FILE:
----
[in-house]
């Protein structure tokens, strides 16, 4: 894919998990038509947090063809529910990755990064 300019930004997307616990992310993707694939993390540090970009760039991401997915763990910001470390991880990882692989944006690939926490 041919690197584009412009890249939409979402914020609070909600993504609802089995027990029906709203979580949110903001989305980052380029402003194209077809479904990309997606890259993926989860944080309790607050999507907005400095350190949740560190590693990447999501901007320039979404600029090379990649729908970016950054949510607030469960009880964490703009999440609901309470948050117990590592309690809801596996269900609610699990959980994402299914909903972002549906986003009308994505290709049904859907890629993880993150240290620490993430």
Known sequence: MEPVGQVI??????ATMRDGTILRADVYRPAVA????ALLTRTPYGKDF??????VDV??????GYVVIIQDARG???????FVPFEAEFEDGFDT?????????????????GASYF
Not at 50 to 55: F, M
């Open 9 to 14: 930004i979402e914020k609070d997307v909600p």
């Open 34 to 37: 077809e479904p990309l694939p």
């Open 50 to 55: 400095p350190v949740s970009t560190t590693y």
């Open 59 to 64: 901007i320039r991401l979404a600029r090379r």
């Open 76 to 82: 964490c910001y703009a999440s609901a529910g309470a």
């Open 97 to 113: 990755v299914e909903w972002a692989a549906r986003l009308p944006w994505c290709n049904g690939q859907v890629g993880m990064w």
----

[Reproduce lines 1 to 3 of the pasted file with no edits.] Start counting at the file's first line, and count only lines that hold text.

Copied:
[in-house]
């Protein structure tokens, strides 16, 4: 894919998990038509947090063809529910990755990064 300019930004997307616990992310993707694939993390540090970009760039991401997915763990910001470390991880990882692989944006690939926490 041919690197584009412009890249939409979402914020609070909600993504609802089995027990029906709203979580949110903001989305980052380029402003194209077809479904990309997606890259993926989860944080309790607050999507907005400095350190949740560190590693990447999501901007320039979404600029090379990649729908970016950054949510607030469960009880964490703009999440609901309470948050117990590592309690809801596996269900609610699990959980994402299914909903972002549906986003009308994505290709049904859907890629993880993150240290620490993430």
Known sequence: MEPVGQVI??????ATMRDGTILRADVYRPAVA????ALLTRTPYGKDF??????VDV??????GYVVIIQDARG???????FVPFEAEFEDGFDT?????????????????GASYF